Overly passive people are those who prefer to take the path of least resistance, who will studiously avoid upsetting others and will defer to the judgment, opinions and wishes of those around them. It is when being nice goes beyond its boundaries and becomes 'too nice'.
Don't misunderstand. Caring about others is important. However, it becomes problematic when you lose yourself to it. Other's needs should not always overshadow your own. Additionally, deferring consistently to the needs of others will make you appear hesitant, unsure, indecisive and lacking in confidence. It is this perception others hold that will grind your career advancement to a halt. If you are seen to be someone incapable of holding an opinion or making a decision, you will be left reporting to someone who does.
If you aren't sure whether you are too passive in your approaches or not, check out the following list and see if any describe you.
- Believe their 'fate' is in the hands of others. They will often use phrases like... "If we were supposed to be together..." or "If it were meant to be..."
- Put too much stock on 'luck' to direct an outcome or drive their success
- Often mistake failure for destiny and therefore don't learn from and push through the failure.
- Seek approval for even small things, since they are fearful of hurting or upsetting others. They will therefore often soften their language with phrases like... "I hope it's alright to tell you", "Would you mind if", "If it's okay with you". These phrases may sound nice and polite, but it's the frequency you need to be wary of. Overuse will shift you from nice to `too` nice in an instant.
- Diminish their perceived value by starting their sentences with disclaimers such as... "It's only my opinion...", "I'm no expert...", or the ever popular "I could be wrong..." People stop listening because you have already told them that you aren't going to share anything worth listening to!
- Avoid taking a stand on issues. They will highlight that both sides positions have merit, while failing to offer a firm opinion either way. You can't stand for everything or you will be seen as standing for nothing.
- Are far too deferential. They will defer their own wants and needs in favour of those of others. This appears as though they place a higher value on others' preferences than their own, which again communicates to others that their wants and needs of little importance.
- Have broken speech patterns. They will often speak with a start/stop choppiness to their sentences, with hesitations punctuated by Ums and Uhs. The lack of a smooth rhythm or flow makes them sound less confident and uncertain of their content.
- Too self critical. They will tend to use phrases such as "I can never do anything right". Though they may believe that they only say this to themselves (negative self talk), rest assured that the more negative self talk you engage in, the more it unconsciously filters into your public speaking as well.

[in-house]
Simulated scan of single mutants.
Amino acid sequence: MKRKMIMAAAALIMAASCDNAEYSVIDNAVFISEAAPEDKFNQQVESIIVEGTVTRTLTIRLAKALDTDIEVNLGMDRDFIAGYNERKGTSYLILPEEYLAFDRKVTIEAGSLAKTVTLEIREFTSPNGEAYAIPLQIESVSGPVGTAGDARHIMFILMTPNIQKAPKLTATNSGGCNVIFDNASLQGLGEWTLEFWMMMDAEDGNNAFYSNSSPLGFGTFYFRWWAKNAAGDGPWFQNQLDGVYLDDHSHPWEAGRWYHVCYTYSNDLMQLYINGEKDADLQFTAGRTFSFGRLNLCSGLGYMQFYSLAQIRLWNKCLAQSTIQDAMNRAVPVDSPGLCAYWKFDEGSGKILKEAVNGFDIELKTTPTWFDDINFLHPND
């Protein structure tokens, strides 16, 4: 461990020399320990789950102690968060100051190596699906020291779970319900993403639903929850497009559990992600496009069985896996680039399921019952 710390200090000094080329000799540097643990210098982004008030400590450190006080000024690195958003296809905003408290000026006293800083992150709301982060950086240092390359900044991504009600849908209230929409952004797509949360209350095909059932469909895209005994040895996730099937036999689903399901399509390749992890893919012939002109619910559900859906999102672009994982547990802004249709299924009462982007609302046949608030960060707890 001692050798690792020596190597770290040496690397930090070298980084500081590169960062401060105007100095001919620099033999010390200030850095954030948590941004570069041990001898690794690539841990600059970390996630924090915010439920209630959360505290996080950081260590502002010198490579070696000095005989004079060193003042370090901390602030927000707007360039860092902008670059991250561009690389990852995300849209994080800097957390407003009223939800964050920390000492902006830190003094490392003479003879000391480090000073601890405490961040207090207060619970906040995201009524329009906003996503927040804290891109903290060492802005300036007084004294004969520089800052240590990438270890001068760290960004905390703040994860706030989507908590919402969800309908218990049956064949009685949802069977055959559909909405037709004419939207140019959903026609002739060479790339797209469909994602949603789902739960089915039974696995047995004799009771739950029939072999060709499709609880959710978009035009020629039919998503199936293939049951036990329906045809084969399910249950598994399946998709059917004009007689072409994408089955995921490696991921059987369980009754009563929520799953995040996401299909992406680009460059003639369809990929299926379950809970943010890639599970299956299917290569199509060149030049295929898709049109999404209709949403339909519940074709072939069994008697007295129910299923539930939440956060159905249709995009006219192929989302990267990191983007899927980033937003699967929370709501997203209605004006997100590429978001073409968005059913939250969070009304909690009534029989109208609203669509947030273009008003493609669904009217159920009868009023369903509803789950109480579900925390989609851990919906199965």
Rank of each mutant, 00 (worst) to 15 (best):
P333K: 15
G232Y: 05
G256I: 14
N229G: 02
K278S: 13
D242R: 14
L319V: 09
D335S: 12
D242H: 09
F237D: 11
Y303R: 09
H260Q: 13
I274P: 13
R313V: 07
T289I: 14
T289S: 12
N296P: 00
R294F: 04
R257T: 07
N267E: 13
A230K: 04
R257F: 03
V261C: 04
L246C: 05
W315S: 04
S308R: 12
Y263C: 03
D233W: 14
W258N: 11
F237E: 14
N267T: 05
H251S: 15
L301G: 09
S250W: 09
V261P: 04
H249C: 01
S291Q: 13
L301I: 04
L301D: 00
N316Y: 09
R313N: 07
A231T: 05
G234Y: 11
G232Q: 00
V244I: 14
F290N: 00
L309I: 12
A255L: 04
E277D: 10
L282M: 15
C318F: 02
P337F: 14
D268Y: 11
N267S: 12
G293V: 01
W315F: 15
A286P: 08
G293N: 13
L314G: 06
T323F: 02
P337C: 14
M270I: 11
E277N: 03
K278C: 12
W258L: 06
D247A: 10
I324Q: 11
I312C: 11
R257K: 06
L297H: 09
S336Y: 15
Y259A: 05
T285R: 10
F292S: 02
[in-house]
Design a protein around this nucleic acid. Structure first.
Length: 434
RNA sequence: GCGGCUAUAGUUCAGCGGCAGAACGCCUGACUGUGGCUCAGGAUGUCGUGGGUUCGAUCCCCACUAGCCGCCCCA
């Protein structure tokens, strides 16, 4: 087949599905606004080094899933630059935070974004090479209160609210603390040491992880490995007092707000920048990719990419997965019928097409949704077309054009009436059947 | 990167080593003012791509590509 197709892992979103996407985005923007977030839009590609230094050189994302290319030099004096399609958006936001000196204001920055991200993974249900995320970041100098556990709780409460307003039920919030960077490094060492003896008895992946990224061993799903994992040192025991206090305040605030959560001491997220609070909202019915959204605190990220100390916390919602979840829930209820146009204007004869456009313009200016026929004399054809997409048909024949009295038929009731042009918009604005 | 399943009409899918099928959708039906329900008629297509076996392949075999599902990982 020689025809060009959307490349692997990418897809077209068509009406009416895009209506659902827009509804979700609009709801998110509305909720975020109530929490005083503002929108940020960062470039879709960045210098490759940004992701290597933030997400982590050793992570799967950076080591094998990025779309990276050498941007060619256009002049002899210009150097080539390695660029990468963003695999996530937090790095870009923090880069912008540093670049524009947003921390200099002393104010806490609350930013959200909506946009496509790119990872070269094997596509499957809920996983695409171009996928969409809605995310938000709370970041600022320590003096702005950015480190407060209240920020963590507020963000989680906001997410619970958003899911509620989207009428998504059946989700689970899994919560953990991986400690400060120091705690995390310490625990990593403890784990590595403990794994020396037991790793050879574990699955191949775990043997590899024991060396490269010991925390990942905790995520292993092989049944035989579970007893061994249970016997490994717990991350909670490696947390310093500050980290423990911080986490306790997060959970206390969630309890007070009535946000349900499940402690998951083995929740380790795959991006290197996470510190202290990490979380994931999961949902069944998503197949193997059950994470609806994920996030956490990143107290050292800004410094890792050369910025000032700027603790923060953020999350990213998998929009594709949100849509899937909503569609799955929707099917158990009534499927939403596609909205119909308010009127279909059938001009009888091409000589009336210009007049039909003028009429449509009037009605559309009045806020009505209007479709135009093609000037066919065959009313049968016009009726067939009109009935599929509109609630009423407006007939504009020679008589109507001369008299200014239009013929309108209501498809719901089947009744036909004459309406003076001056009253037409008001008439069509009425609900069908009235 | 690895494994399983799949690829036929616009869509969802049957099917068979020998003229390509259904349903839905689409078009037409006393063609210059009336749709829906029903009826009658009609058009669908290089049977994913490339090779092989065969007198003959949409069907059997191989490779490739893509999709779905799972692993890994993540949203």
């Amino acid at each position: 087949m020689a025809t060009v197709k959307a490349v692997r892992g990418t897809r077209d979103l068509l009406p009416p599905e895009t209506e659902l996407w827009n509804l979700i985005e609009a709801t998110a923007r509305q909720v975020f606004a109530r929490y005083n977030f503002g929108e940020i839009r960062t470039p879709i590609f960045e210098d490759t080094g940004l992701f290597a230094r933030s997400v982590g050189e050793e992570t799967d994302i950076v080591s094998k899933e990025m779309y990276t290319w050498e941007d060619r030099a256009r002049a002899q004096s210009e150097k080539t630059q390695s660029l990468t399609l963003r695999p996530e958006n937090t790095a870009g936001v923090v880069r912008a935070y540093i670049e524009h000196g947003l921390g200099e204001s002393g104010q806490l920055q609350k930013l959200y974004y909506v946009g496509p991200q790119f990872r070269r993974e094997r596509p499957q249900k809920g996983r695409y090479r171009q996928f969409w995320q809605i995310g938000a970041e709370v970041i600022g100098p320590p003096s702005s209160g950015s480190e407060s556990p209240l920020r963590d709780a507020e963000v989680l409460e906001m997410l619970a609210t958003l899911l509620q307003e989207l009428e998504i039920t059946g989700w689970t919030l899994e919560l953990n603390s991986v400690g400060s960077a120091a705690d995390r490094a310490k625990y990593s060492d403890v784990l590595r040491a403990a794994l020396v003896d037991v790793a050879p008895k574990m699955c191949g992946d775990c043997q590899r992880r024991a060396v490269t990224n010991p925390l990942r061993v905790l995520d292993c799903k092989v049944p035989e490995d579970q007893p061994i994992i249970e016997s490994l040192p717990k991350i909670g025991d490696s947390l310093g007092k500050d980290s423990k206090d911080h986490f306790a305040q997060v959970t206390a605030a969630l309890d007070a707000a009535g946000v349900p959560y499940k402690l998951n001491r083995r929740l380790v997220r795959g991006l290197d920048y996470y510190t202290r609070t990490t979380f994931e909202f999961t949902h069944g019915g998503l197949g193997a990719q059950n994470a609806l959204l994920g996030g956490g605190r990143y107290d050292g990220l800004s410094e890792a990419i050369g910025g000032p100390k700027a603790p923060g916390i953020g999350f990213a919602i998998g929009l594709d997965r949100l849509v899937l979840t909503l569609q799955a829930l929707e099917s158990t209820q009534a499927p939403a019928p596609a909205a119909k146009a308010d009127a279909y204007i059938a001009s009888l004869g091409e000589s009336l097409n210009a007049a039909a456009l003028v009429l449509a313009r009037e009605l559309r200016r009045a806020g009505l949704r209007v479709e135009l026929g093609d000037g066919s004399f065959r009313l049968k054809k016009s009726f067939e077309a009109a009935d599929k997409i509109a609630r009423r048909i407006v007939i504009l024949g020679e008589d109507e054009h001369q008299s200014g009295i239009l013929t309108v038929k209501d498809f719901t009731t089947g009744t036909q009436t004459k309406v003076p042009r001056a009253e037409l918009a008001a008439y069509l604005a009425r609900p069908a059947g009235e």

- Poor body language. Passive people will tend to also adopt far more passive body language, avoiding eye contact, engage in minimal gesturing, compress their body down and in, will adopt protectionist stances by holding their arms close to the body or across the abdomen.
Any of these sound or feel familiar? In business it is important that we appear confident. Adopting too many passive behaviours will detract from this impression and will prevent us from obtaining the opportunities we desire. If you are looking to eliminate some of your more Passive behaviours, replacing them with more Assertive approaches, consider using the following 3 step approach.
- Identify the ways you are passive. You need to be honest with yourself, or be open to receiving honest feedback from others, and determine what are your most common passive behaviours. You need to be able to recognise the behaviour if you hope to be able to change it. Video of yourself interacting with others can be an invaluable tool, helping you to hear and see behaviours you might have missed otherwise.
- Determine what a more Assertive Behavioural alternative to that Passive behaviour would look like, sound like, feel like. In step one you identified the behaviour to change. In this step you identify your target. What are you going to do instead. For example, if you find that you tend to use the phrase "It's just my opinion" as an opening to giving voice to your thoughts, you might want to target replacing it with "I think...", or "I have found..." Neither is aggressive, but both clearly position the statement you share as your opinion. The elimination of the denigrating 'just' from the statement elevates the perceived value of your thought.
- Put it into action. I would suggest starting with one behaviour and, when it feels comfortable for you, pick up another. It is far more difficult trying to change everything at once. Changing one key behaviour at a time will actually get you there faster. Additionally, your brain will start to pick up on the unconscious messaging and will ultimately recognise 'where' you are looking to go, making other positive unconscious adjustments for you.